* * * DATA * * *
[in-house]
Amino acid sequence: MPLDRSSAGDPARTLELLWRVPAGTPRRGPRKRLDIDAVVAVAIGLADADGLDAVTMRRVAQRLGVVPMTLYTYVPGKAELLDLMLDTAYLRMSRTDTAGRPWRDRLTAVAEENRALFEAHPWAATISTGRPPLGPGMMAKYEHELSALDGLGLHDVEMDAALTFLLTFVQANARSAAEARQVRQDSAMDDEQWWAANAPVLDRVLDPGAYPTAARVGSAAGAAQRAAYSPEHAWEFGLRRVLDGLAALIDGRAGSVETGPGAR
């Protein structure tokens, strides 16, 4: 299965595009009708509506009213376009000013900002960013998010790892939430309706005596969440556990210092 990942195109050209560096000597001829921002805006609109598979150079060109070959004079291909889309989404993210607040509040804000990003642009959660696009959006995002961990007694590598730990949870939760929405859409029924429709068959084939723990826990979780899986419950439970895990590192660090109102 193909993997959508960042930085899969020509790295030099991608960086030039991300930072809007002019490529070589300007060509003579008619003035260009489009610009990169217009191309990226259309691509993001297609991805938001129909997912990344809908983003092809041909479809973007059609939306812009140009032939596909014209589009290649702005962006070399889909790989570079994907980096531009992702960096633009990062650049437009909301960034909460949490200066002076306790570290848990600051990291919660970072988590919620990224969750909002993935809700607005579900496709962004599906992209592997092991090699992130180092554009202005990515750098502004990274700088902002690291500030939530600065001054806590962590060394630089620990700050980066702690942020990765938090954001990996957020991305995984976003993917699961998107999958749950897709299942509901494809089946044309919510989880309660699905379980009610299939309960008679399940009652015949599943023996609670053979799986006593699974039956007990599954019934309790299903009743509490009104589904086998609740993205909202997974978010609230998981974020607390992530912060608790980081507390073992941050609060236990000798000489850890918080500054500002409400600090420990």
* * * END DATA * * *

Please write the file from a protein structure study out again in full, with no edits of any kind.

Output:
[in-house]
Amino acid sequence: MPLDRSSAGDPARTLELLWRVPAGTPRRGPRKRLDIDAVVAVAIGLADADGLDAVTMRRVAQRLGVVPMTLYTYVPGKAELLDLMLDTAYLRMSRTDTAGRPWRDRLTAVAEENRALFEAHPWAATISTGRPPLGPGMMAKYEHELSALDGLGLHDVEMDAALTFLLTFVQANARSAAEARQVRQDSAMDDEQWWAANAPVLDRVLDPGAYPTAARVGSAAGAAQRAAYSPEHAWEFGLRRVLDGLAALIDGRAGSVETGPGAR
């Protein structure tokens, strides 16, 4: 299965595009009708509506009213376009000013900002960013998010790892939430309706005596969440556990210092 990942195109050209560096000597001829921002805006609109598979150079060109070959004079291909889309989404993210607040509040804000990003642009959660696009959006995002961990007694590598730990949870939760929405859409029924429709068959084939723990826990979780899986419950439970895990590192660090109102 193909993997959508960042930085899969020509790295030099991608960086030039991300930072809007002019490529070589300007060509003579008619003035260009489009610009990169217009191309990226259309691509993001297609991805938001129909997912990344809908983003092809041909479809973007059609939306812009140009032939596909014209589009290649702005962006070399889909790989570079994907980096531009992702960096633009990062650049437009909301960034909460949490200066002076306790570290848990600051990291919660970072988590919620990224969750909002993935809700607005579900496709962004599906992209592997092991090699992130180092554009202005990515750098502004990274700088902002690291500030939530600065001054806590962590060394630089620990700050980066702690942020990765938090954001990996957020991305995984976003993917699961998107999958749950897709299942509901494809089946044309919510989880309660699905379980009610299939309960008679399940009652015949599943023996609670053979799986006593699974039956007990599954019934309790299903009743509490009104589904086998609740993205909202997974978010609230998981974020607390992530912060608790980081507390073992941050609060236990000798000489850890918080500054500002409400600090420990």